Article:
Duke Nukem 3D: Megaton Edition Review


One thing this decade has been lacking is a good Duke Nukem game. Duke Nukem Forever did not fill that role, so instead of trying again, Duke Nukem 3D and all of the expansions were wrapped up in a nice package and Duke Nukem 3D Megaton Edition came into existence. The PC version was released in 2013, and now Megaton Edition is available on PlayStation 3 and PlayStation Vita. It does fill the role of best Duke Nukem game this generation as well as the best first-person shooter on Vita.

Two decades ago, storytelling in video games was severely lacking. Duke Nukem is no exception, but it never intended to have a great story. The entire story is about Duke killing aliens, spouting one-liners, and saving planet Earth’s babes. It is a very cheesy story and exists solely for the purpose of sending Duke around various locations to eliminate the alien menace. So how well does the gameplay hold up? I expected it to play poorly due to age, but I had an enormous amount of fun with it.


Most first person shooters nowadays are linear, cinematic experiences. They tend to put emphasis on realism and forget to have a little bit of fun. There is nothing wrong with a first person shooter striving for that setting, but it seems that most of them aim for that setting. Because of that, Duke Nukem 3D, a game that is nearly two decades old, feels like a breath of fresh air. Shooting does not feel dated, and every weapon is unique and a blast to use. It may have taken me awhile, but I finally felt the joy of shrinking an enemy down and crushing them underneath my boot.

Even though each level consists of shooting enemies and collecting keycards to reach the end, none of this ever feels repetitive because of the weapons and all of the unique types of enemies. There is one thing that did shock me though. Every once in awhile the game would stutter; it happened first when a lot of action was occurring, but subsequent stutters would occur during minor action. It happened to me a handful of times, and it did impact the gameplay.

Duke Nukem 3D came before the corridor shooters of today, and some of that does make the game feel a little dated. While linear games can be boring to play through because of the lack of exploration, a little bit of guidance is not a bad thing.

Duke Nukem often hides the various key cards needed to progress in easy-to-miss places. This led to me wandering around areas I had already cleared of enemies. I would eventually stumble upon the hiding place, but the time I spent wandering felt wasted. Also, because the game features non-regenerating health, it is easy to get into situations that are nearly impossible to finish.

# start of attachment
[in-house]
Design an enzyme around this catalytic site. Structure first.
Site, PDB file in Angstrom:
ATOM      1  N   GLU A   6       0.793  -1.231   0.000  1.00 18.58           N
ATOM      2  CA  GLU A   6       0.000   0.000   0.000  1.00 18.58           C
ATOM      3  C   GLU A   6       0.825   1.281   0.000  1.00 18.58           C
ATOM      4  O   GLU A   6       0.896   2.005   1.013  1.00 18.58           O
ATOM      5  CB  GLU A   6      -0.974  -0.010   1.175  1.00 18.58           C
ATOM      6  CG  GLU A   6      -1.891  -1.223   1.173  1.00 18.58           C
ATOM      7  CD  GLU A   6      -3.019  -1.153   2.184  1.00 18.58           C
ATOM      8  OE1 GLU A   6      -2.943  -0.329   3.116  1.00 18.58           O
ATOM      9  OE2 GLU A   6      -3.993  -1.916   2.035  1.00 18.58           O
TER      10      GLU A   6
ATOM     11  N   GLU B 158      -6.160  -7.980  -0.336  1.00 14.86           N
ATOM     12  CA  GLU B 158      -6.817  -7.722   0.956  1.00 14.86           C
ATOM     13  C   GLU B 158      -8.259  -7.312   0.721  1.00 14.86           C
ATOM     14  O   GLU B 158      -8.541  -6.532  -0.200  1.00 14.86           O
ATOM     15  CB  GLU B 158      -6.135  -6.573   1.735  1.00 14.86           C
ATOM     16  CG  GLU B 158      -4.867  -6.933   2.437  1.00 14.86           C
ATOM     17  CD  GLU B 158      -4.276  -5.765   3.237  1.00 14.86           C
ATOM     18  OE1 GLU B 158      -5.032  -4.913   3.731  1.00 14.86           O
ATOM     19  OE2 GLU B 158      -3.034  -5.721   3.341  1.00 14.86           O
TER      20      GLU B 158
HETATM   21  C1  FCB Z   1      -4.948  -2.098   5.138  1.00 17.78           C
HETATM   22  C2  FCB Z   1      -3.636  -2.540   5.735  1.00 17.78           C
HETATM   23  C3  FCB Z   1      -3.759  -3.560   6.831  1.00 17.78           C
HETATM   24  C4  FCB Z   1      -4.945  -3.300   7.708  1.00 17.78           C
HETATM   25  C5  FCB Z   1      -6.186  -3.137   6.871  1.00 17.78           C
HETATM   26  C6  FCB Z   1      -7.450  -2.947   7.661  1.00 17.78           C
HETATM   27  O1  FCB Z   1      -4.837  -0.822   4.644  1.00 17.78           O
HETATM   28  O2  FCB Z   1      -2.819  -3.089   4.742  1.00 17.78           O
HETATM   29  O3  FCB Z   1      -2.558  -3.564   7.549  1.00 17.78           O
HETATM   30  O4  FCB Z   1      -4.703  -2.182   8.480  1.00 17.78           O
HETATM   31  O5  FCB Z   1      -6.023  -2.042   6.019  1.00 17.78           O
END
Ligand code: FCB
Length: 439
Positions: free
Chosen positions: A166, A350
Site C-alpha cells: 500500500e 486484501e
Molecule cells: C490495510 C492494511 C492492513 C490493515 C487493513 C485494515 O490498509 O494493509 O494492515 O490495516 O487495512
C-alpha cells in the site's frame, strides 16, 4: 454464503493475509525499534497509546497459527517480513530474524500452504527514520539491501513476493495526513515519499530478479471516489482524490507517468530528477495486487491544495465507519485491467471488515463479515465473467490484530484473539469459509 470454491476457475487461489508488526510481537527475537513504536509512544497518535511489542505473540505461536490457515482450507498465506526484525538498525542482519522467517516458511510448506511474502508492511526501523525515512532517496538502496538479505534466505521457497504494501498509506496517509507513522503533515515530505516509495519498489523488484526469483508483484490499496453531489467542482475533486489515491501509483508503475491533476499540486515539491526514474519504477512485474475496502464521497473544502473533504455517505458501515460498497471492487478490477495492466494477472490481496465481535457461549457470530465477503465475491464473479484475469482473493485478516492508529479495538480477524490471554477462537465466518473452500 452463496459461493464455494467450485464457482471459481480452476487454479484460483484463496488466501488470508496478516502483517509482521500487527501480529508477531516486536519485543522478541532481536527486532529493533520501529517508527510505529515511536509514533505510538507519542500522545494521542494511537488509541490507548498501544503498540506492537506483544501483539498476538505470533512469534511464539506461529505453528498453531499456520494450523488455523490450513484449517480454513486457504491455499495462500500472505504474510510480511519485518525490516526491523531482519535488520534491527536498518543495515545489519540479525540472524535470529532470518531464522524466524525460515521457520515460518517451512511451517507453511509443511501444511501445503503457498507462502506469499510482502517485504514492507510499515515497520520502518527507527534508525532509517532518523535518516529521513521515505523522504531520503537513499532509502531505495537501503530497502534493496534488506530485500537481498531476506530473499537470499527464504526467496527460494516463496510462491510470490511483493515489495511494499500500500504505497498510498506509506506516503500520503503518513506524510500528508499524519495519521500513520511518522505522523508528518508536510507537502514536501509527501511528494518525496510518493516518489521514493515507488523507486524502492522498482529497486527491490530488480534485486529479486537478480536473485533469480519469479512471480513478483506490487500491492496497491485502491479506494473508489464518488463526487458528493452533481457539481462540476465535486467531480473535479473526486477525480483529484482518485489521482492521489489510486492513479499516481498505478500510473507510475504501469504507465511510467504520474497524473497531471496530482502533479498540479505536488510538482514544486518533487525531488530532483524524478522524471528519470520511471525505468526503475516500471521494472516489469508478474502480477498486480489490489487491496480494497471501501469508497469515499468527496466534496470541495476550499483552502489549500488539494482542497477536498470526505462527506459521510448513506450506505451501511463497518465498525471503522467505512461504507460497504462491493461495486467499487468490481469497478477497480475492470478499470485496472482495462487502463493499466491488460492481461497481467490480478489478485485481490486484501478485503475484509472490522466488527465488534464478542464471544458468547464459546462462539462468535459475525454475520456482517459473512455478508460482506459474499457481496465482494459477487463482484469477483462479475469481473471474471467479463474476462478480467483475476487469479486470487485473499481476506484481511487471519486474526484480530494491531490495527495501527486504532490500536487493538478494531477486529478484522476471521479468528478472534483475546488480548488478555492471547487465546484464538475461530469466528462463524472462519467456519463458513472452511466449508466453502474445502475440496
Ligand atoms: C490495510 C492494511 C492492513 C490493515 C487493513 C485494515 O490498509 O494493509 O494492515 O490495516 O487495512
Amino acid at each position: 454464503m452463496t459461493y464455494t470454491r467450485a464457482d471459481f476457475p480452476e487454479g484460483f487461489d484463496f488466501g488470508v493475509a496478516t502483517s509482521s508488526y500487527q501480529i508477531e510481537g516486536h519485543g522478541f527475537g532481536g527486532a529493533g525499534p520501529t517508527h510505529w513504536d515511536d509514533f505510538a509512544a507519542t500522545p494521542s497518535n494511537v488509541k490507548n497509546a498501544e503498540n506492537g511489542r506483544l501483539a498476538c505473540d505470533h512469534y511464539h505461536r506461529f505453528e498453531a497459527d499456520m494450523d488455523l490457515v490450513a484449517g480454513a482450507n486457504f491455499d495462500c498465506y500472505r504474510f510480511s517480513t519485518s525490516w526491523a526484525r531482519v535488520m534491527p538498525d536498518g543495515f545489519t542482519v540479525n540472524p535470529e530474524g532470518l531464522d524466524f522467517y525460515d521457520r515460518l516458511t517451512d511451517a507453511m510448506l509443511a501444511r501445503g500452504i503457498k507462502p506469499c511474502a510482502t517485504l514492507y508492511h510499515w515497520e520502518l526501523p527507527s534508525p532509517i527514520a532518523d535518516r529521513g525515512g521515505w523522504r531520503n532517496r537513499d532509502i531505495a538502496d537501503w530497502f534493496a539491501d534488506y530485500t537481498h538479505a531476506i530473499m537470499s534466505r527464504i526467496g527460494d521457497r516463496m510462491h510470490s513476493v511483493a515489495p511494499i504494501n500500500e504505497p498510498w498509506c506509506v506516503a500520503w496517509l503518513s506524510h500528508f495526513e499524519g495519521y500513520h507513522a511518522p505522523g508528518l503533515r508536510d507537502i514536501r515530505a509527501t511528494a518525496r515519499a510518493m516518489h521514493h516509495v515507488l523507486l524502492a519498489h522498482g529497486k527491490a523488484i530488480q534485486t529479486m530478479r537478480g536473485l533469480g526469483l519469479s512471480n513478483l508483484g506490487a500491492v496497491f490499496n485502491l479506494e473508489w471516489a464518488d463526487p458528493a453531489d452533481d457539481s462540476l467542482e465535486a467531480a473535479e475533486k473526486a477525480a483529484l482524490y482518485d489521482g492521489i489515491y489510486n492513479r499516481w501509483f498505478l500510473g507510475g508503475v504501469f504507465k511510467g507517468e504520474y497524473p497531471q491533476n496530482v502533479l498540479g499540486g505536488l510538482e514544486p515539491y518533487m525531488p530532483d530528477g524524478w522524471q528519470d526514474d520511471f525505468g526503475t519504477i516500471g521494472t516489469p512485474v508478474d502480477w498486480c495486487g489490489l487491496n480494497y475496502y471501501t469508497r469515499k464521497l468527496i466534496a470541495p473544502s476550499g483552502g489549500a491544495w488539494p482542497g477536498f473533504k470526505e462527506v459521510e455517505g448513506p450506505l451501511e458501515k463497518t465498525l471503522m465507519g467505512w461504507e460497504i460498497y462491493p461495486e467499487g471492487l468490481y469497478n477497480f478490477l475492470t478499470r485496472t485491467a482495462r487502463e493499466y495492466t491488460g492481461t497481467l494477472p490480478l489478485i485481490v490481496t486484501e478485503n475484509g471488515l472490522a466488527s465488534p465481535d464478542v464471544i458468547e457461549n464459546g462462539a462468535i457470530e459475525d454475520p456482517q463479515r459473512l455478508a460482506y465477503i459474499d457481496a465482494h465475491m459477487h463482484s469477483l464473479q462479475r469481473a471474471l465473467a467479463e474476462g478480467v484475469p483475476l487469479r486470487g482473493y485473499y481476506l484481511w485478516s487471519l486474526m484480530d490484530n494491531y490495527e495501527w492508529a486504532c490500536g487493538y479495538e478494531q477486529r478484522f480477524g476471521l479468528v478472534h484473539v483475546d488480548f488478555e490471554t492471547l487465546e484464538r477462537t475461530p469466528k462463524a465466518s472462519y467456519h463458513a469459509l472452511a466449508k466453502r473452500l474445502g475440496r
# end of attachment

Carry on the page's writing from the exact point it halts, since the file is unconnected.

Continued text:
The respawn system does help this some. Whenever the player dies, a timeline is shown. This lets the player respawn at any point during the level, such as before they got themselves in a jam. I know I put myself into some of these situations but it still frustrated me to some degree.

The gameplay may have aged well, but the graphics did not. Enemies are all sprites, and look blurry. Duke’s arm and gun conflict with the rest of the style of the game. Both of them look higher quality than the rest of the graphics. The fire is some of the worst I have ever seen. It looks like bad special effects from a movie, and looks even worse in a video game.  These two decades have not been nice to Duke’s beauty.


The Verdict: 8.7 out of 10

Despite Duke Nukem 3D’s age, it still plays very well. Blowing up an alien’s head with a shotgun, and blowing up an alien’s everything with a rocket launcher feels great. The rest of the game does feel dated; levels feature no guidance, and the graphics look awful. Even so, Duke Nukem 3D Megaton Edition deserves to be played by veterans and newcomers alike.

For more information about what the score means, check out our official review scale.

Riley Berry is an Associate Writer for MONG and believes that the one true king is Ash Williams. You can follow him on IGN.

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